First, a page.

The Challenges of Working With the Wrong AdWords Agency

Working with a bad, or even just an average agency, is not all roses and butterflies. There are significant challenges that even some of the best agencies in the world will show signs of. Here are a few signs you are working with the wrong AdWords agency.

They aren’t transparent: This goes for both their fees and their work.

I’m not an advocate of asking your agency to create a log of every change they make, but you should be in the know of the overall direction of the account, how it’s progressing, and whether it’s working.

They don’t have a plan: Yikes. For me, this is huge. Many AdWords agencies will work without having an actual plan.

I honestly don’t care if the plan is just to maintain and work on improving the existing setup, but there should be a plan.

If your agency doesn’t have a plan, then talk to them about creating quarterly plans. This will significantly increase the transparency, as well.

They get too happy with a ROAS result and become stagnant. This post isn’t supposed to be a promotion for SavvyRevenue, but throughout my years I have made many of the mistakes on this list and have therefore spent a great portion of time coming up with solutions.

One of the best things I’ve ever done is to instill a culture that it’s OK to ask if we can change the target.

For instance, we were running a campaign for an apparel store. We had been running at 12x ROAS for several months, but as we were moving into their low season, we could see that the ROAS was falling below 9x. At the same time, the traffic volume and revenue was actually still significant.

Instead of just decreasing bids and preparing for the low season, we proactively asked the client if they were fine with an 8x ROAS during their low season if we could still push close to the same amount of revenue as before.

They said yes, absolutely!

This isn’t always the case. We’ve several times asked the question and received a no. The big thing here is to ask.

At the same time, this is also where you should look at your advertising from a business standpoint and bring up the subject with your PPC team.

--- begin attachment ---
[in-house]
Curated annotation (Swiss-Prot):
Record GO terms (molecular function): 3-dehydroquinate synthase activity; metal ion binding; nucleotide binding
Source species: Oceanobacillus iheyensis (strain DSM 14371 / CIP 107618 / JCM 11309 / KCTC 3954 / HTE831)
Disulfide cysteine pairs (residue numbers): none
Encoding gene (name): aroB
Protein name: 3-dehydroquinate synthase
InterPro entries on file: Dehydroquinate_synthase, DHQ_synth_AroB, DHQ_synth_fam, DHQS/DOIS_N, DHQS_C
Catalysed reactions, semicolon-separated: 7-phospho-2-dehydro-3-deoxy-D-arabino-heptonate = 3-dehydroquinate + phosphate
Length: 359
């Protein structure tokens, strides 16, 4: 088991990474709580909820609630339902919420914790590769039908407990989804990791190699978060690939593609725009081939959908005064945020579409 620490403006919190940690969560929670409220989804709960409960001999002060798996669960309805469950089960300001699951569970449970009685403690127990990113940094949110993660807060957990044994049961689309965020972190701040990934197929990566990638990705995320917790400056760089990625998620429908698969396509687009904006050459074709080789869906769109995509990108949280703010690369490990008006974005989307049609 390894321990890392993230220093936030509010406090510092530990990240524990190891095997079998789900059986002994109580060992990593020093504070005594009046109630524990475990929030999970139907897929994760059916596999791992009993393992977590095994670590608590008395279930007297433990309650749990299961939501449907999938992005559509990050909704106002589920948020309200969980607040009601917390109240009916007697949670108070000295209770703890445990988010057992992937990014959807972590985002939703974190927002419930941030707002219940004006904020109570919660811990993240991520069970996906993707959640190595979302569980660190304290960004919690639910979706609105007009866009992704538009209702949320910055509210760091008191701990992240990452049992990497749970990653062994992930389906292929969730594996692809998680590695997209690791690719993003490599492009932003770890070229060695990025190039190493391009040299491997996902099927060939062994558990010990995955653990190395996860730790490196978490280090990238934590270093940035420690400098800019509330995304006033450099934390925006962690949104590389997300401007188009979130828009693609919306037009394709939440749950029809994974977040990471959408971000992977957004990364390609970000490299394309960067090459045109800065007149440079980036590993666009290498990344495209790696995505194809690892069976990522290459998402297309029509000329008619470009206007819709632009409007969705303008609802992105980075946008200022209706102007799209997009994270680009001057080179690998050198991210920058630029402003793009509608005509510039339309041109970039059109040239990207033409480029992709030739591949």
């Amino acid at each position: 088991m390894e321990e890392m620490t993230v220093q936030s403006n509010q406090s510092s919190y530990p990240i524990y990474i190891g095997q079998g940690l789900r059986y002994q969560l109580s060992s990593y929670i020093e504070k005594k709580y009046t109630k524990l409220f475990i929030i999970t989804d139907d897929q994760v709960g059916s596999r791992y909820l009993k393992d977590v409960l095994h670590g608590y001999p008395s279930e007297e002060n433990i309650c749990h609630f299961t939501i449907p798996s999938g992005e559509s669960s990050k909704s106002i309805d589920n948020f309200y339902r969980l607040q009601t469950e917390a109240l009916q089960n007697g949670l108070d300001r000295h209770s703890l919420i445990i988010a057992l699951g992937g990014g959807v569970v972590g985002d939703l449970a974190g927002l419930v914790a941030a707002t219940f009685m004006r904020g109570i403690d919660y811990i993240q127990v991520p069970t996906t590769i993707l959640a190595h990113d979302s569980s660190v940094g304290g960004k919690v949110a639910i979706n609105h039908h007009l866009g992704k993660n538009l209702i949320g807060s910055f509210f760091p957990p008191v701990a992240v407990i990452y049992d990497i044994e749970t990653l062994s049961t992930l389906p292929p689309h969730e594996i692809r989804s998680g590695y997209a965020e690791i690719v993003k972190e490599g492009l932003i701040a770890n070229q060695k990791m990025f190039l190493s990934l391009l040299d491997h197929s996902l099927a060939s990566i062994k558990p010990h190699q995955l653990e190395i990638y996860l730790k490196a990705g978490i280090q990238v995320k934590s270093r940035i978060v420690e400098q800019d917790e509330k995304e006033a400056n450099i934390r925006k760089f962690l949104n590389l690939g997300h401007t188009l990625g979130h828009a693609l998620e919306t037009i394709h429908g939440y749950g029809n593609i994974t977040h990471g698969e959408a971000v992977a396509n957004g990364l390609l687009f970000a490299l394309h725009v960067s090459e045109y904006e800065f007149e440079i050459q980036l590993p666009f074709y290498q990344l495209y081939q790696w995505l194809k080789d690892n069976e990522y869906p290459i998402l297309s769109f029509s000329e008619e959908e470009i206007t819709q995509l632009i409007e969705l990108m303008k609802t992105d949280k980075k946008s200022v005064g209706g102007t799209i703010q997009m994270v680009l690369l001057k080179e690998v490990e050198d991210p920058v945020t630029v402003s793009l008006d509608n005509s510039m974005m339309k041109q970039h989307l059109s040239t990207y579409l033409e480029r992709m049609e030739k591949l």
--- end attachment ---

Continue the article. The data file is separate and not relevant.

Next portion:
They don’t have the same drive for growth as you do. It’s tough to sync with an agency that doesn’t have the same desire for growth and flexibility. Most agencies have a set process they follow, and asking them to break that process will destroy their efficiency.

If you are on a steep growth trajectory, then consider finding an agency with a track record of being able to pursue rapid growth. Adding or adjusting your strategy frequently can be the name of the game for fast-growing brands, but many agencies are unable to keep up with that pace.

It’s like having kids; You need to constantly be watching. Sad but true. In most cases, you need to be constantly pushing your agency.

As an agency owner, and active PPC manager, this can be annoying beyond belief, but I also recognize that it helps push an agency.

You’ve been assigned to the wrong PPC manager. Don’t let anybody tell you that even though you’re assigned to a bad or new PPC manager, then having an awesome PPC Supervisor providing the oversight is just as good.

Most of the testimonials in an agency are generated by the top two to three PPC managers in the agency.

So when you see all those amazing logos, glowing testimonials and happy clients? They might just be the cream of the crop, and you’ll be assigned to a junior PPC manager who knows just slightly more than you.

Happens. All. The. Time.

And honestly, having worked in the industry for a long time, many testimonials aren’t updated. On a number of occasions, we’ve onboarded clients that have provided testimonials to other agencies and still do. It’s more common than you might think (Note: call references!).

You Should Not Hire an Agency in These Scenarios

There are several scenarios where you will not get enough out of hiring an agency. I’ve listed the most common scenarios below.

You have the talent in-house. This is less frequent, but if you have an excellent PPC manager in-house, then you shouldn’t hire an agency. Consider having an agency on a retainer as an advisor or helping with the quarterly plans.